Saturday, December 5, 2015

The Season of Our Discontent

I love- LOVE- this holiday season we're in.  You may have gleaned this before due to the fact I have casually mentioned it a time or two thousand.  I'm aware that there are people who harbor more Scroogely feelings than my own, but by and large those people are to be pitied and/or fed gingerbread cookies until they crack and admit that Yes, this IS the most wonderful time of the year.  (Singing optional.  Well, singing encouraged.  Preferably in a stagey, karoake-type voice.)

But then, last month, I began to have the strangest feelings.  Feelings entirely foreign to me this time of year.  (Nobody panic- I'm not about to go all Judy Blume on you.)  Instead of joyful and shivery and just this side of manic, December 1st found me unsettled and discontent and out of sorts.

I wallowed for the space of a morning, then took action.  My weapon:  An imaginary red pen.  My victim:  The calendar.

Most of the year, I have little problem saying No Thank You Very Much to requests and snares of my time.  I am very protective of our family time and my own mental health and know that for me, that means not overbooking, and our children are still at an age where I wield most of the control of our family's schedule.

But at Christmas time?  Everything is fun and festive and worthy so why not do everything? Cookie-Exchange-Christmas-Cards-Tour-Of-Homes-Clothing-Pantry-Advent-Bible-Study-Caroling-Favorite-Things-Party-This-Kid-Needs-A-Donation-To-The-Animal-Shelter-This-One-Needs-A-Girl-Gift-This-One-Needs-My-Spare-Liver-ARE WE FEELING JOYFUL YET?

So I decided a bunch of it needed to go.  I could either do all of it in a way that made me an absolute jewel to be around and made everyone around me speed-dial Kevorkian for a good old-fashioned mercy killing, or I could hop off the crazy train, because the only one keeping me on there is me.  So I said NO THANK YOU VERY MUCH to myself a bunch of other people, and it felt incredible.

Then I found the Christmas lights I lost and couldn't find for THREE DAYS (because I'd put them where I always put them, SO CONFUSING), which is probably what really started the whole holiday identity crisis in the first place- a sad, unlit Christmas tree- and everything got a lot better, because Christmas lights are LIFE-GIVING.  I'm pretty sure Kierkegaard said that.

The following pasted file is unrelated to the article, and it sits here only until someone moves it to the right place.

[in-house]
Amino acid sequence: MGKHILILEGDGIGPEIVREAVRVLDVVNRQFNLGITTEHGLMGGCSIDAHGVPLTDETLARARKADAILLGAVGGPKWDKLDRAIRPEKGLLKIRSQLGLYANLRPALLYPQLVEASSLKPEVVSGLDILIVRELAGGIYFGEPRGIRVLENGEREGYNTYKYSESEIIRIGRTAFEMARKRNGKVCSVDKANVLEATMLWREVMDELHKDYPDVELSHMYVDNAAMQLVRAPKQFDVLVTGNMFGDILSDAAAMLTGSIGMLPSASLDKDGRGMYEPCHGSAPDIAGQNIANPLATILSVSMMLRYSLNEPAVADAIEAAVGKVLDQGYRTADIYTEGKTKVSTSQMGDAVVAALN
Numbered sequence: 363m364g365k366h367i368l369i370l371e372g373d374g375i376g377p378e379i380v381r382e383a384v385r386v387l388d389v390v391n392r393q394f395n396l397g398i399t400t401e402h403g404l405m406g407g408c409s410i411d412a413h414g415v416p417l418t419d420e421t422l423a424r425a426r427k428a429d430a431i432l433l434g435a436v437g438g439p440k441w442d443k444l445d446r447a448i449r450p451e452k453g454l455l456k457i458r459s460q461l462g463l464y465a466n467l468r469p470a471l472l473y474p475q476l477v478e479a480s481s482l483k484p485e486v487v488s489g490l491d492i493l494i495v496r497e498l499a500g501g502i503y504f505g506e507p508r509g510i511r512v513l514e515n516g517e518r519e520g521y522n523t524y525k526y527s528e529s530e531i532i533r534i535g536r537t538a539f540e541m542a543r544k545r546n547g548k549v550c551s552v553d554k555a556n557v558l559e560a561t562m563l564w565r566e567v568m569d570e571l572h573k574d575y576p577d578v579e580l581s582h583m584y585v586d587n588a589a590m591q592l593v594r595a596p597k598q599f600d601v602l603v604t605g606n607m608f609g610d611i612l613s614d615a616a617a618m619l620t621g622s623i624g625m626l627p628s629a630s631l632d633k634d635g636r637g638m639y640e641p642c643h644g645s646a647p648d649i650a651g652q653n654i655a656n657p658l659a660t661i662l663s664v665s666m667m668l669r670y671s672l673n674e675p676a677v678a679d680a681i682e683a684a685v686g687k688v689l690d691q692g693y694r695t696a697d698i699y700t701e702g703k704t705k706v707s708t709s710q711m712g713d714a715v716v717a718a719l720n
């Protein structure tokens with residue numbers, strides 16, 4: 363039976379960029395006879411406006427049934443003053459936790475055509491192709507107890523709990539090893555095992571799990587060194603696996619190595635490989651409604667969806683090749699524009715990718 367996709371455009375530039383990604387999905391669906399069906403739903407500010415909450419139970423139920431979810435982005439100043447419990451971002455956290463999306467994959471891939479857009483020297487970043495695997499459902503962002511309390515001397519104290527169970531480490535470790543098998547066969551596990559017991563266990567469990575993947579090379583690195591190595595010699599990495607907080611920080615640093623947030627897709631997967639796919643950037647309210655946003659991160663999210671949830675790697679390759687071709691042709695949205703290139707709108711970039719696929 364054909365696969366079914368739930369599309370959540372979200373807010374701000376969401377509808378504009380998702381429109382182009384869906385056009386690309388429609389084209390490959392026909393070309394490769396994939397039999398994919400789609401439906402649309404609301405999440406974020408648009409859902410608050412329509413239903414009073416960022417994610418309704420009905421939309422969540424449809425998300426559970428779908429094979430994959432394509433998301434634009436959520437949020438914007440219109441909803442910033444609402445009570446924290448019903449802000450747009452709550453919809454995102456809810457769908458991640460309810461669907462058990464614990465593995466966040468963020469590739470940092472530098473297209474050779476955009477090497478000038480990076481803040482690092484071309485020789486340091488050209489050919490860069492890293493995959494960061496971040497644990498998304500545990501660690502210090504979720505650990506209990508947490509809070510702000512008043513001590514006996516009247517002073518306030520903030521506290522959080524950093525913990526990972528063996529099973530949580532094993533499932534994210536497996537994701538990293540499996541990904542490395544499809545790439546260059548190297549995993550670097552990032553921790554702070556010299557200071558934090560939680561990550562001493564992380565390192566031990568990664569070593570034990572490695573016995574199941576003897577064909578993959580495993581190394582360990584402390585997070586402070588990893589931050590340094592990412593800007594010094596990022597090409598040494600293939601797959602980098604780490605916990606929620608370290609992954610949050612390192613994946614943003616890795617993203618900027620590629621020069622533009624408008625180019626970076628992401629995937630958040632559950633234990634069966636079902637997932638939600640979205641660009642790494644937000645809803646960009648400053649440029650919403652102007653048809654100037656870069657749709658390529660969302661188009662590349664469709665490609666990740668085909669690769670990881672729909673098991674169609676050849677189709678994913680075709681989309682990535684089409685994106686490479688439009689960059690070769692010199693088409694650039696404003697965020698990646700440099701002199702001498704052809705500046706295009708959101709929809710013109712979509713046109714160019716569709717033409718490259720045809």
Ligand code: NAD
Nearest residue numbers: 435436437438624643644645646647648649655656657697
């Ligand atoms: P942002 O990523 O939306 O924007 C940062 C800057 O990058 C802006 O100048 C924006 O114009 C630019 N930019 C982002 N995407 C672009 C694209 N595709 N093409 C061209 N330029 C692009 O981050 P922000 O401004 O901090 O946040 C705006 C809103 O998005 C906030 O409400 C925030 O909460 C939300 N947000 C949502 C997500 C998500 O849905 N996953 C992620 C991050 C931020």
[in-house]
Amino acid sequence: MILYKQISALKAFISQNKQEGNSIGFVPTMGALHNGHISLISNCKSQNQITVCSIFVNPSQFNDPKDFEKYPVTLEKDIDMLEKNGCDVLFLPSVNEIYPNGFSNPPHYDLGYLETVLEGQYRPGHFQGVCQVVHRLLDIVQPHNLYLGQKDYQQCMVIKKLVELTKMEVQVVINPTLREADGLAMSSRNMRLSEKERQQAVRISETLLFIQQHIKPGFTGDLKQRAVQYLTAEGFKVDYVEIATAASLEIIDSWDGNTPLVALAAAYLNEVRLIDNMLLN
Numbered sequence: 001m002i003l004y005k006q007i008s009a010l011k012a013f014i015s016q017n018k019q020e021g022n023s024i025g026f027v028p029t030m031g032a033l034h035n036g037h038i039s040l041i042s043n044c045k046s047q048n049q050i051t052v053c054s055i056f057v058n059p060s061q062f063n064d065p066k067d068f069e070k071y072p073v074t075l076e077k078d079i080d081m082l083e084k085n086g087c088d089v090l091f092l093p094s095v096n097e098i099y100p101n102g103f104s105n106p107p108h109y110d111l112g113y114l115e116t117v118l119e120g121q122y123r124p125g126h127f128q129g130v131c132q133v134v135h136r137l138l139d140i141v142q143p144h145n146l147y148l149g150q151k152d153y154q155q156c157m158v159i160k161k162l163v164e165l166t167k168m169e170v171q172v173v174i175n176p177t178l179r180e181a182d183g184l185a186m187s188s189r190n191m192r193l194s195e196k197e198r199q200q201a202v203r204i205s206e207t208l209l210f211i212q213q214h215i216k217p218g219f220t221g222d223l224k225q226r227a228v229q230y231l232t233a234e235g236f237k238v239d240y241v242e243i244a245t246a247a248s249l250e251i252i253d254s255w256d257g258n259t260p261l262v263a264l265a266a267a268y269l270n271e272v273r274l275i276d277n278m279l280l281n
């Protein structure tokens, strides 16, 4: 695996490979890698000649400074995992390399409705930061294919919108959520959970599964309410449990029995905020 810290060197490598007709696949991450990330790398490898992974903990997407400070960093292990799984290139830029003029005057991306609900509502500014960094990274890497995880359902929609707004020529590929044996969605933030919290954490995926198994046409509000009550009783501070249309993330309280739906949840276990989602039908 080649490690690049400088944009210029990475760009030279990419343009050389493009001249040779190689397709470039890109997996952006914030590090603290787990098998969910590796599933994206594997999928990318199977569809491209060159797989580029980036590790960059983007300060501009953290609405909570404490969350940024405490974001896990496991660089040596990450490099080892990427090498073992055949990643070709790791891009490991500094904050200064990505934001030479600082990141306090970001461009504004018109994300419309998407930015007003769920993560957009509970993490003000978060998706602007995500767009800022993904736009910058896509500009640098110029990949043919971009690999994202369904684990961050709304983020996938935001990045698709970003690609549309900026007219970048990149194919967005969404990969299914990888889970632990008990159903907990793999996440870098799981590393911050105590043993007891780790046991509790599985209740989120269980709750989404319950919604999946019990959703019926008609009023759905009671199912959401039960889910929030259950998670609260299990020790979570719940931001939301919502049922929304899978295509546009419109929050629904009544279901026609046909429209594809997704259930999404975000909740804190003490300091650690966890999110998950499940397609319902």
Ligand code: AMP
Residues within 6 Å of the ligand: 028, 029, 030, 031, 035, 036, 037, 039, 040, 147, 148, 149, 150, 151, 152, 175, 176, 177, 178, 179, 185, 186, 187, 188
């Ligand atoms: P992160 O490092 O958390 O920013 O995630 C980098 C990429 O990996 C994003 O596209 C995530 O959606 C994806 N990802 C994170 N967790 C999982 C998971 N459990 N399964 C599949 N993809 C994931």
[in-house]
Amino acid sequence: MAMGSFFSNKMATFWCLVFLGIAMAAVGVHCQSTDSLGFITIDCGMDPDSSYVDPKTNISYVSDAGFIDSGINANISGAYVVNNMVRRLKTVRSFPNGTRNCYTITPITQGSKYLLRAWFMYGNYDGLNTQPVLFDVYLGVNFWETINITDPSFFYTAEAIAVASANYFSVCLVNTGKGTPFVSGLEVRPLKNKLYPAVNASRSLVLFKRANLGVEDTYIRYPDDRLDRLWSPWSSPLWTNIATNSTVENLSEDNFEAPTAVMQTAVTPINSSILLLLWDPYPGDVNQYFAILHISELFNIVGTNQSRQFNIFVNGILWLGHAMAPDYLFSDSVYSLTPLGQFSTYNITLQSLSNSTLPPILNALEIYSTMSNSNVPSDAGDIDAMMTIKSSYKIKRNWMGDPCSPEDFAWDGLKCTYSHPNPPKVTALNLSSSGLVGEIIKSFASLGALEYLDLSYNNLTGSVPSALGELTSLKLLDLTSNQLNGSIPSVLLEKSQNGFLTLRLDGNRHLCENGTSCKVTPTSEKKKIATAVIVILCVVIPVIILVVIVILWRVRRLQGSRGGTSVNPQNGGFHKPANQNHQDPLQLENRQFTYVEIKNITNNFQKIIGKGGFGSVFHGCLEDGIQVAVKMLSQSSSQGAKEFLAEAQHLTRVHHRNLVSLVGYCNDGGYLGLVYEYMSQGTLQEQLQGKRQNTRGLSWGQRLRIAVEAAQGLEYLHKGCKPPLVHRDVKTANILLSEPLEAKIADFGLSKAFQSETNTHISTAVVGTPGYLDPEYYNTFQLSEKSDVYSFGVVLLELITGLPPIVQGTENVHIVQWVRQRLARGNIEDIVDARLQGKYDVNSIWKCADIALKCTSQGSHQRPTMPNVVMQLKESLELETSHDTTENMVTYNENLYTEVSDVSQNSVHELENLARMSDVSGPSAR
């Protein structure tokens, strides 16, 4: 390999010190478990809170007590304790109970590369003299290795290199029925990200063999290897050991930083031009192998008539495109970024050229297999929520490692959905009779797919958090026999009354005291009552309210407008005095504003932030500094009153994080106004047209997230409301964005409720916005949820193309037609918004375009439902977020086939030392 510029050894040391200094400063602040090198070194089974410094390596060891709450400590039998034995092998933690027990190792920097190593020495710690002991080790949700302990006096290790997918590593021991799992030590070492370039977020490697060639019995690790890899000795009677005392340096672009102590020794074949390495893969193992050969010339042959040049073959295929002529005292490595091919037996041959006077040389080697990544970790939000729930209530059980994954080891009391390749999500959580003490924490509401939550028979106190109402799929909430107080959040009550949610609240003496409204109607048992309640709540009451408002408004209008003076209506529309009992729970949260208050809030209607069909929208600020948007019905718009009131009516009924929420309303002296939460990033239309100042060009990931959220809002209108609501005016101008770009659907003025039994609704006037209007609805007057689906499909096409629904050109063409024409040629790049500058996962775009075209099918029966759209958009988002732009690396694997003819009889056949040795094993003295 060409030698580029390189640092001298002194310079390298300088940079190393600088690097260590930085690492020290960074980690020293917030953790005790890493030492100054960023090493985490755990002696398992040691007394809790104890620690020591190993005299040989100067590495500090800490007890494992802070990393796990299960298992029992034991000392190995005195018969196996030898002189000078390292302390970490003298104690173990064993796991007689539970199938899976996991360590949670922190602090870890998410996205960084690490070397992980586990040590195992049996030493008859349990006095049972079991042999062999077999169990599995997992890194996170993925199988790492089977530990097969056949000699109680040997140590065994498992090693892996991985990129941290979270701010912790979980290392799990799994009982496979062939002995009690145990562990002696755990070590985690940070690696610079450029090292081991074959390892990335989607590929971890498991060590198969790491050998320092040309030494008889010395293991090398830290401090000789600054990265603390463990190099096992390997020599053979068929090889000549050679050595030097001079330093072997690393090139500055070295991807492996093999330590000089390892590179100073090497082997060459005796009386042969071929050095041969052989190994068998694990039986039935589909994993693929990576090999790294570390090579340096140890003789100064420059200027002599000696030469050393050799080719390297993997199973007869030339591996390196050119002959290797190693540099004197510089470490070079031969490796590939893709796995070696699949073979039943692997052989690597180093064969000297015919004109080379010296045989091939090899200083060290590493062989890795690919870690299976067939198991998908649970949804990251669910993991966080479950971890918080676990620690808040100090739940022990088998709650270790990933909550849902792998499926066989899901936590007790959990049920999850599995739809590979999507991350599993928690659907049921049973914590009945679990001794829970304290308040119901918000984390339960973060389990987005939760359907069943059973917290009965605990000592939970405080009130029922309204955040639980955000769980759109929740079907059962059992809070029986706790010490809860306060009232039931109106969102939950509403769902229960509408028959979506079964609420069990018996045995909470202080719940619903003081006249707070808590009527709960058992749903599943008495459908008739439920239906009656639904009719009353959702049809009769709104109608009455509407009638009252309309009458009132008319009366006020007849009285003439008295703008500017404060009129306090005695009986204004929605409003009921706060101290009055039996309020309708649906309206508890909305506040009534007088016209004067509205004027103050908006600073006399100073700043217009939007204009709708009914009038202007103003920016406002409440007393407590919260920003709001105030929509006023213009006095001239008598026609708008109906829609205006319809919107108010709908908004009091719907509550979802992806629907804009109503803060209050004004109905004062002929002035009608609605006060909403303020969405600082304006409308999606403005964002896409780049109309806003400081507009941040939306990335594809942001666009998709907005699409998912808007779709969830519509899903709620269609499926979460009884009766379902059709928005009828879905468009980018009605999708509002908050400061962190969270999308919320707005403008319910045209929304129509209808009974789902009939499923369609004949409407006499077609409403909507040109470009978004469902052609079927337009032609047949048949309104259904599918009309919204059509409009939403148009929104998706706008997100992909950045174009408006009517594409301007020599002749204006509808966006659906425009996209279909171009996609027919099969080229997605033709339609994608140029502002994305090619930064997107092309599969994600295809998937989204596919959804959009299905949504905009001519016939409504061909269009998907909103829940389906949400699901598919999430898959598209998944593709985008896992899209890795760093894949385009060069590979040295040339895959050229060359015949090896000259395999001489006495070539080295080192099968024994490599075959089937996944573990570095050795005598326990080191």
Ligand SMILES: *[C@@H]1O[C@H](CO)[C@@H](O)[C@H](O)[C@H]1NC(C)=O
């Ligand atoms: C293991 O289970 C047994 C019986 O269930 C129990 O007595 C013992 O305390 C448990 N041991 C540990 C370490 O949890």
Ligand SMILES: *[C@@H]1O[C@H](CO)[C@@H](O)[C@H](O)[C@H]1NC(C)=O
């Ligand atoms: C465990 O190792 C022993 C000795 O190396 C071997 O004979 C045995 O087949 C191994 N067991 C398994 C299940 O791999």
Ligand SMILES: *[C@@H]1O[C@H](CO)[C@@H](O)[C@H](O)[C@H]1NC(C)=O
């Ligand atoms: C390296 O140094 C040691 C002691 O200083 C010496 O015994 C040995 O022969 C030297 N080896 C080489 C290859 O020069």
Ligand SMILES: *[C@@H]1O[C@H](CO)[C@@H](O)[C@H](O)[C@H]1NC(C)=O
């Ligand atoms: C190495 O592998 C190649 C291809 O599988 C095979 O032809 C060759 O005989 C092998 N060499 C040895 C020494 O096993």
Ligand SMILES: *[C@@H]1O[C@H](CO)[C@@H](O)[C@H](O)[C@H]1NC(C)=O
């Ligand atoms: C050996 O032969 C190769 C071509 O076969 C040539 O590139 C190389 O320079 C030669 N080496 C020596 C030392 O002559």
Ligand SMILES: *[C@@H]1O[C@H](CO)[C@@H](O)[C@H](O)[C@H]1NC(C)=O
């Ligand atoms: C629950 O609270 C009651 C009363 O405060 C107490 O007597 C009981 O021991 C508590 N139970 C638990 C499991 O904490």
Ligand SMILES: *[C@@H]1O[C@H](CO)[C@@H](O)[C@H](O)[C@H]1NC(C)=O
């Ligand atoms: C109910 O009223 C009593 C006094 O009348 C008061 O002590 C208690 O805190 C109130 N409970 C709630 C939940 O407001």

But I'm not putting down my mental red pen.  Slashing through wide swaths of our schedule while cackling (in a festive, Christmas-y way, of course) is pretty much the best thing since the holiday sugar cookies that I will not be making this year, because this December I'm channeling Nancy Reagan and Just Saying No.  I'll use the resulting salt from my children's tears to flavor the Christmas ham, because my gosh, something has to sacred.


  1. An excellent idea. I would imagine with 3 kids, there are enough school activities/parties/holiday-concerts to keep you running even if you said no to everything else! I remember one horrible year when Emma was in band and choir, I thought I might go insane if I had to go out on one more cold snowy evening to hear kids performing various things badly :-)

  2. How about this? I'll make the sugar cookies and bring them when we come. The kids can help me make the frosting and we'll decorate the cookies together. I'll bring all the food color and the fun sprinkles. Mark thought this was a great idea, as he knows this means he gets sugar cookies.

  3. Good job, it's smart to say no. I'm practicing, but you might be better at it than I am. Could you make a phone call for me?


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